Thunder Bay

Author of 'The Breadwinner' speaking in Thunder Bay on literature, social change

Canadian award-winning author, feminist and activist Deborah Ellis is speaking in Thunder Bay Friday about the power of literature to bring about social change.

'A little bit stronger, a little bit wiser': Deborah Ellis says kids' books must offer hope for better future

Deborah Ellis, the Canadian author of the award-winning children's book The Breadwinner is speaking in Thunder Bay on Friday May 10 at the Thunder Bay Art Gallery. She is the keynote speaker for the Northwestern Ontario Writers Workshop gala event on Saturday May 11. (Northwestern Ontario Writers Workshop)

Canadian award-winning author, feminist and activist Deborah Ellis is speaking in Thunder Bay Friday about the power of literature to bring about social change.

Her children's novel The Breadwinner has sold over 2 million copies worldwide, been honoured internationally in Italy, Sweden, and the United States and recommended by Nobel Peace Prize winner Malala Yousafzai.

The book tells the story of Parvana – a young girl growing up in Afghanistan under the Taliban regime – who must disguise herself as boy in order to be able to earn money for her family, following her father's arrest and imprisonment.

What happens to children should be reflected in their books

'The Breadwinner', an award-winning novel by Canadian Deborah Ellis tells the story of a young girl in Afghanistan who must disguise herself as a boy in order to earn money for her family. Ellis is speaking about her books, including a collection of short stories called 'Sit', and about literature as an agent of change, on May 10 and May 11 in Thunder Bay. (Cathy Alex/CBC )

Ellis said she was inspired to write the book after visiting women in Afghan refugee camps.

"I kept hearing the stories of what girls would have to do to survive in Afghanistan and keep their families from starving, which would be to disguise themselves as boys and go out into the city, earning money any way that they could. And when I heard that, I knew I wanted to share that with young people in Canada." 

Parents are sometimes taken aback by the stories Ellis chooses to tell – stories of refugee children, abused children, and those who are killed or injured in school shootings, or through other forms of violence.

"Occasionally I would get feedback from adults who say they don't think children should be reading about difficult issues like I write about," said Ellis.

"If I were a parent, maybe I'd have a different perspective but I think that whatever we do to children around the world should be reflected in their literature, otherwise we shouldn't do it. If we're too embarrassed to tell them about it in their books, then we shouldn't be doing it."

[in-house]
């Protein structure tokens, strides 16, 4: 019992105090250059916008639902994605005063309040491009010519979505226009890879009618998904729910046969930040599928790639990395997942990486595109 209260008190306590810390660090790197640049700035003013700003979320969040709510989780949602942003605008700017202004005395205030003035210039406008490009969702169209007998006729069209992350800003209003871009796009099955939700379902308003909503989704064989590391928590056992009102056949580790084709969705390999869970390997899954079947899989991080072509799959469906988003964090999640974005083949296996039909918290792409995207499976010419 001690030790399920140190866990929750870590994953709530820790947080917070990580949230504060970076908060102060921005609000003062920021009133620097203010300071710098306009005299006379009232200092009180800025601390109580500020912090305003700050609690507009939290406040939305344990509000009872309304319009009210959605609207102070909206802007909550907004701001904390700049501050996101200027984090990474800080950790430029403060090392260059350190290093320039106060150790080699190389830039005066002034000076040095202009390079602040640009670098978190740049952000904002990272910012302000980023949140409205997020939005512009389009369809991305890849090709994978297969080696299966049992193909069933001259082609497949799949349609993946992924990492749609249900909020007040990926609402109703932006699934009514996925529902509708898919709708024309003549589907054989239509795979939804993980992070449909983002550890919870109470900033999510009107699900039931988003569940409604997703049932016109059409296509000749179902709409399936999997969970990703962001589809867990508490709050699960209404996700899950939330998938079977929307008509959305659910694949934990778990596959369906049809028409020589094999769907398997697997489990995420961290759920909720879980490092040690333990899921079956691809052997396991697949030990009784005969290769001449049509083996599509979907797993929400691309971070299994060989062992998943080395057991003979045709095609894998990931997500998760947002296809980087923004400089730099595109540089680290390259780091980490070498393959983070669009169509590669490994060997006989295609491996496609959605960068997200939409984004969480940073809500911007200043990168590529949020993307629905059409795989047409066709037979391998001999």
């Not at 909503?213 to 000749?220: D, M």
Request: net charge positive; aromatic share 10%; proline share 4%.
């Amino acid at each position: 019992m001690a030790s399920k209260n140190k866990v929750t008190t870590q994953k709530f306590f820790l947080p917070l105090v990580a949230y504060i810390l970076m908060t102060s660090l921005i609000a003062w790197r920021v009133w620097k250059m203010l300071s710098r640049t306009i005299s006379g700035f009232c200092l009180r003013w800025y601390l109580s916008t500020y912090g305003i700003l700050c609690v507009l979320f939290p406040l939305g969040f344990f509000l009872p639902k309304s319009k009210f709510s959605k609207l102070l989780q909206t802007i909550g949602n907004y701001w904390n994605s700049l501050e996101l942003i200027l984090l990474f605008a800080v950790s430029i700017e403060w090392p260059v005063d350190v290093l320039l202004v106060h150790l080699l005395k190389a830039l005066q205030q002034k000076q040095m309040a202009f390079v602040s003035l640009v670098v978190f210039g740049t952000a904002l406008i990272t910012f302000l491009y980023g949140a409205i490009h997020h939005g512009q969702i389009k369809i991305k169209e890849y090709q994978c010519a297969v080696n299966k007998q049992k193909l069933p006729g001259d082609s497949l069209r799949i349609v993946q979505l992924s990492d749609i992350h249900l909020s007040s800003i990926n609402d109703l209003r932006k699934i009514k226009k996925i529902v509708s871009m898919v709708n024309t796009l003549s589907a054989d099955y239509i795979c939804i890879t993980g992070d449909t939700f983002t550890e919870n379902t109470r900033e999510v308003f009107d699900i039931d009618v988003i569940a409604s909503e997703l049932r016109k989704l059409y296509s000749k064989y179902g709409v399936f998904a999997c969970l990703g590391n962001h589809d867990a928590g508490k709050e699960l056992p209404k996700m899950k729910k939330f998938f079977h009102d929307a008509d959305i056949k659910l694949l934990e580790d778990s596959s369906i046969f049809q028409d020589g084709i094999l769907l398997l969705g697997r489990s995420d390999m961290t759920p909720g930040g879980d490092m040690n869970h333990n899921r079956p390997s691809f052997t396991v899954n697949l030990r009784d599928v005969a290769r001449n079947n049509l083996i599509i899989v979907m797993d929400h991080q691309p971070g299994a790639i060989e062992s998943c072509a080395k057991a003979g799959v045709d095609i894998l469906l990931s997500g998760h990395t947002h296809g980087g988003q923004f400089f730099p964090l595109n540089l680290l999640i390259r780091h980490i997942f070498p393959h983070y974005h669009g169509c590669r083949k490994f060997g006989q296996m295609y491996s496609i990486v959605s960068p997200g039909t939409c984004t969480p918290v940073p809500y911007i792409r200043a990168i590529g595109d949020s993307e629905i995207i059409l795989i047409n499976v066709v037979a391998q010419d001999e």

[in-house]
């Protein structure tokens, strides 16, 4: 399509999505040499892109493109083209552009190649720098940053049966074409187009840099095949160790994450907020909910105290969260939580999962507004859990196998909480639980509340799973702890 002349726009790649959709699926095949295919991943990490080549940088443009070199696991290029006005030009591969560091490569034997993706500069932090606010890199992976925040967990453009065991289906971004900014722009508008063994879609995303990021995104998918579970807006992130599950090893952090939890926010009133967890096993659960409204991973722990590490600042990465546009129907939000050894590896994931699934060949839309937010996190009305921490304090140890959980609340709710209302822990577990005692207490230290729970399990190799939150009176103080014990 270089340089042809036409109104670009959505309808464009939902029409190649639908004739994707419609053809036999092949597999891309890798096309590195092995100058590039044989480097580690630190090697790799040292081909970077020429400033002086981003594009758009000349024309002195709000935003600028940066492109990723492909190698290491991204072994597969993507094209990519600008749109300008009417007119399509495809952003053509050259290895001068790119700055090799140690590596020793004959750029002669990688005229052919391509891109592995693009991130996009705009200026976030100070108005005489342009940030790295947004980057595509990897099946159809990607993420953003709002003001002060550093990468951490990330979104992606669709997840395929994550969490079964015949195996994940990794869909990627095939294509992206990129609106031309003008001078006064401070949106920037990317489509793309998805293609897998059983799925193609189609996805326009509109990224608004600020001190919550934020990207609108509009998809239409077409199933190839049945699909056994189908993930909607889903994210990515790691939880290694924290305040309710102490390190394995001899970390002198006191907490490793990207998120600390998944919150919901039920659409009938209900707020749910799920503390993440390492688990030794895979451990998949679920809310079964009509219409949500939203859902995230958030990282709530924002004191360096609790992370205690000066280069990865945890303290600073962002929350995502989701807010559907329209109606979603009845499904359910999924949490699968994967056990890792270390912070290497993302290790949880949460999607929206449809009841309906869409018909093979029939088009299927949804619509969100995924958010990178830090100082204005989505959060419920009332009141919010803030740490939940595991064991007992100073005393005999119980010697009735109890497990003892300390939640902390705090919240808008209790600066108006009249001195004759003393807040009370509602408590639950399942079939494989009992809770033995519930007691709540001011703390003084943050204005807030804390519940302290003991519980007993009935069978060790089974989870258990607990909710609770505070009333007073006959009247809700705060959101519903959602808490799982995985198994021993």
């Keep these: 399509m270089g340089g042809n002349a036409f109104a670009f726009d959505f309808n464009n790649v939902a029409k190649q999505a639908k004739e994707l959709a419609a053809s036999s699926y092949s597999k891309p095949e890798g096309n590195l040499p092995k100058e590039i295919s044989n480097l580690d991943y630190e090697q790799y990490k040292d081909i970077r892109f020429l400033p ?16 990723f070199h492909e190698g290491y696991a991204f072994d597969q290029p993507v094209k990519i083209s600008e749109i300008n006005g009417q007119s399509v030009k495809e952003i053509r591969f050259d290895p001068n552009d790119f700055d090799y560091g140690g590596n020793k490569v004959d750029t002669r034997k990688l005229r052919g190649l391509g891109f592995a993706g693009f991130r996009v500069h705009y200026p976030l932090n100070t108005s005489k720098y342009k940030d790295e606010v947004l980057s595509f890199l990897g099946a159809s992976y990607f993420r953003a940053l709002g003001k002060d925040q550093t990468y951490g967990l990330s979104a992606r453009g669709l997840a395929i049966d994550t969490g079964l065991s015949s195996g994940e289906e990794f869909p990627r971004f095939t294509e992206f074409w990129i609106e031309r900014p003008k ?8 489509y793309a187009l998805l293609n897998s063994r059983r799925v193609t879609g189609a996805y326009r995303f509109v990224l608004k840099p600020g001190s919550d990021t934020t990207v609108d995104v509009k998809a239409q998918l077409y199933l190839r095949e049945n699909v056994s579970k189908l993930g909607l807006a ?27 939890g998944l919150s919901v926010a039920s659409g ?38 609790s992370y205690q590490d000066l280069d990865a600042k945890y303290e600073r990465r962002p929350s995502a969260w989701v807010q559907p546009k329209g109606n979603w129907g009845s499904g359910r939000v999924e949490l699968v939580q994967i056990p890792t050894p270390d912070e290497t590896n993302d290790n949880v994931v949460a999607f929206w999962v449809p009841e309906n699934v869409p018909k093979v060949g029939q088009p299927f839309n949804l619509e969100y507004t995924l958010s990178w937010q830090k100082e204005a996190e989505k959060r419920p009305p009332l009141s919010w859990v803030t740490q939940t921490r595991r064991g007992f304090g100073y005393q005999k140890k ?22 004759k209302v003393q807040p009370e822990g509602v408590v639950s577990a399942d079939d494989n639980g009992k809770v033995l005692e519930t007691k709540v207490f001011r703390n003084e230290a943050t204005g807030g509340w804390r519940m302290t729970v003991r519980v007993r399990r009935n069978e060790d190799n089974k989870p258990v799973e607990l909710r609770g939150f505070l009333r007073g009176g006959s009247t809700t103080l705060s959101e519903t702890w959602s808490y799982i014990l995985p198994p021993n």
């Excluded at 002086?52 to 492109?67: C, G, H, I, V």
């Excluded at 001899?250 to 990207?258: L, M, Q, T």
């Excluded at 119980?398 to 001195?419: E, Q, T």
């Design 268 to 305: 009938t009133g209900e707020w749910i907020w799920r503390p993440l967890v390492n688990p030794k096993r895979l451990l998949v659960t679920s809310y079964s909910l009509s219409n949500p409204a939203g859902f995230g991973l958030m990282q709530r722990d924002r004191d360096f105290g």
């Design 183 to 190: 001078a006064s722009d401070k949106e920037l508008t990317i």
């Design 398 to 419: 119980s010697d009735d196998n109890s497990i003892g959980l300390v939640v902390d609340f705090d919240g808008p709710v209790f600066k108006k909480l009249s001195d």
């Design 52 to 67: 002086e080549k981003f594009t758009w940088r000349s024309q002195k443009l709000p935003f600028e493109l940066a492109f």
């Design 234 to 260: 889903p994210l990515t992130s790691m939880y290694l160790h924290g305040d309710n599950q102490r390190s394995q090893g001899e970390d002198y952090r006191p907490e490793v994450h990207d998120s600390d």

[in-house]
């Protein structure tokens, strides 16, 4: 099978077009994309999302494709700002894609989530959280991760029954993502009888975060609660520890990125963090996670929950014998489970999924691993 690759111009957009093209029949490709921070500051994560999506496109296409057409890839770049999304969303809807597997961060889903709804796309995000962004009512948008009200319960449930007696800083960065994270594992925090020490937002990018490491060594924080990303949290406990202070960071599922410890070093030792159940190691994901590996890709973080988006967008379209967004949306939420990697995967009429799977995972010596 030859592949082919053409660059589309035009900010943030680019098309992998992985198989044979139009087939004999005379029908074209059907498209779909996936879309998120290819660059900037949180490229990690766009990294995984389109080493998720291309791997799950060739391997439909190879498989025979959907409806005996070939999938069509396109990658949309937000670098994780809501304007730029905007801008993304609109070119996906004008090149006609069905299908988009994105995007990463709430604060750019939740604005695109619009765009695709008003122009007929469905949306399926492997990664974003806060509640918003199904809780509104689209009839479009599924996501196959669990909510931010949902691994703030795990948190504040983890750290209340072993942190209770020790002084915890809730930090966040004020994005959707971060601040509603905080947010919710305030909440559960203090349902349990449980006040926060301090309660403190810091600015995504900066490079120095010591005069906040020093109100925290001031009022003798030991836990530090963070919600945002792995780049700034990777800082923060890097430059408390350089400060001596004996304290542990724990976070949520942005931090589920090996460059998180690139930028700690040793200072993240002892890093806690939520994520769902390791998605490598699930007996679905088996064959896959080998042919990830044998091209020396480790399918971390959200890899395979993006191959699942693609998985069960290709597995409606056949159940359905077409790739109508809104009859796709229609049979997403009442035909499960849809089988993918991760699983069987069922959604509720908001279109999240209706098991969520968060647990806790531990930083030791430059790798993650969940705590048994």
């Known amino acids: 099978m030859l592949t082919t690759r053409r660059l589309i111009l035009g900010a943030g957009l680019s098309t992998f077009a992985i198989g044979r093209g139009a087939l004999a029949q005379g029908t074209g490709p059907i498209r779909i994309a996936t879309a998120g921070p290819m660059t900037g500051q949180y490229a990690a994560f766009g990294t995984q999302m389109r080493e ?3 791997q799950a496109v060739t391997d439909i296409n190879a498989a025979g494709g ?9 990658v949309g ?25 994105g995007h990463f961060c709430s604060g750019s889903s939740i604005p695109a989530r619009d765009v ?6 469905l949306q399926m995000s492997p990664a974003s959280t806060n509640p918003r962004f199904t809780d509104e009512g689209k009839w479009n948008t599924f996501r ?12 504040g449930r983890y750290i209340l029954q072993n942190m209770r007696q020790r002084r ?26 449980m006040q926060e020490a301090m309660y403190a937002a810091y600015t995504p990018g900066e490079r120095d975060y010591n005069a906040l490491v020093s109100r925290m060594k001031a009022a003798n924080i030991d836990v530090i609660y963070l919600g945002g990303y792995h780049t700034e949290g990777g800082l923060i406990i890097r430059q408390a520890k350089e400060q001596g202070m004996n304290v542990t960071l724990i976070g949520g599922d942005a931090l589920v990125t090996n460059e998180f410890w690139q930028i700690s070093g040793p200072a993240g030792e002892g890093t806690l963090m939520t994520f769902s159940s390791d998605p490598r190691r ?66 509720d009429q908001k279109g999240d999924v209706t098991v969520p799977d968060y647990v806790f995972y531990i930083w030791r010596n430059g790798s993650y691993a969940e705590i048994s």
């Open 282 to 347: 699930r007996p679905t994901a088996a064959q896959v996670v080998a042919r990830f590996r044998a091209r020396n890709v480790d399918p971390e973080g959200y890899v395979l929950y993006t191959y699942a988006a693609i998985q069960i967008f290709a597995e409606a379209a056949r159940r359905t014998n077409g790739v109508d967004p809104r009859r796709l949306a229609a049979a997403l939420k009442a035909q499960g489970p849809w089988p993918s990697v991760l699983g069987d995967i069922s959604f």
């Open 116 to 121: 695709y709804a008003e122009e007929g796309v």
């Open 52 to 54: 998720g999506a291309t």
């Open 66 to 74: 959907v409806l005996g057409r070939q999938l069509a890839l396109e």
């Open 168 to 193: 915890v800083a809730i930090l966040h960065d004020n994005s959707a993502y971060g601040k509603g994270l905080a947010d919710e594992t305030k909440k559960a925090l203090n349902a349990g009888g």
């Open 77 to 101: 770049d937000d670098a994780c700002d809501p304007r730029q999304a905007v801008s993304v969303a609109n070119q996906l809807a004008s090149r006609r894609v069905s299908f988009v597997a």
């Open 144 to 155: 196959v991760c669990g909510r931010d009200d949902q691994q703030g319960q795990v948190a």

'Find the courage to speak out.. do something difficult'

Children, on the other hand, find great inspiration in the characters Ellis brings to life.

"Kids who have been on a refugee journey themselves, they can relate what went on in The Breadwinner to the things that happened in their own stories and with their own family, even if they didn't come from Afghanistan. For kids who haven't, they can relate it to things in their own life where they have to find courage to speak out, to stand with somebody, to do something difficult," she said.

Finding courage, and hope in the fictional story of one young girl in Afghanistan and what she does to help her family survive.. The children's novel The Breadwinner has been honoured and praised around the world for its message of perseverance and resilience. The book's Canadian author Deborah Ellis is speaking in Thunder Bay this weekend.. We'll meet her. 7:28

"Some kids have used the books as starting places to think about how they want to interact with the world in general and that's pretty great because the world is made up by the decisions we make, and if they're already thinking about how can we make a kinder world, when they're children, then they'll grow up to continue that train of thought and make some progress."

One of the decisions Ellis has made, and that she believes is crucial to all children's literature, is the need to give hope to young readers and let them know the main character is "a little bit stronger, a little bit wiser, a little bit more able to deal with whatever horrific things the adult world is going to throw at them."

Without hope 'what's the point?'

"It would be a crime for a writer to not have that in a book for young people because without it, what's the point of any of it?" Ellis asked.

"If we don't have a sense that things can get better, that we can do better, then why go to school? Why get up in the morning? We have to believe that we can do better than what we're doing and create a kinder world because without it we're lost."

The Northwestern Ontario Writers Workshop (NOWW) is hosting Ellis's presentation Friday night at 7 p.m. at the Thunder Bay Art Gallery. She will also be speaking Saturday night at the NOWW awards gala. Cathy Alex of CBC Thunder Bay is serving as the MC for both events.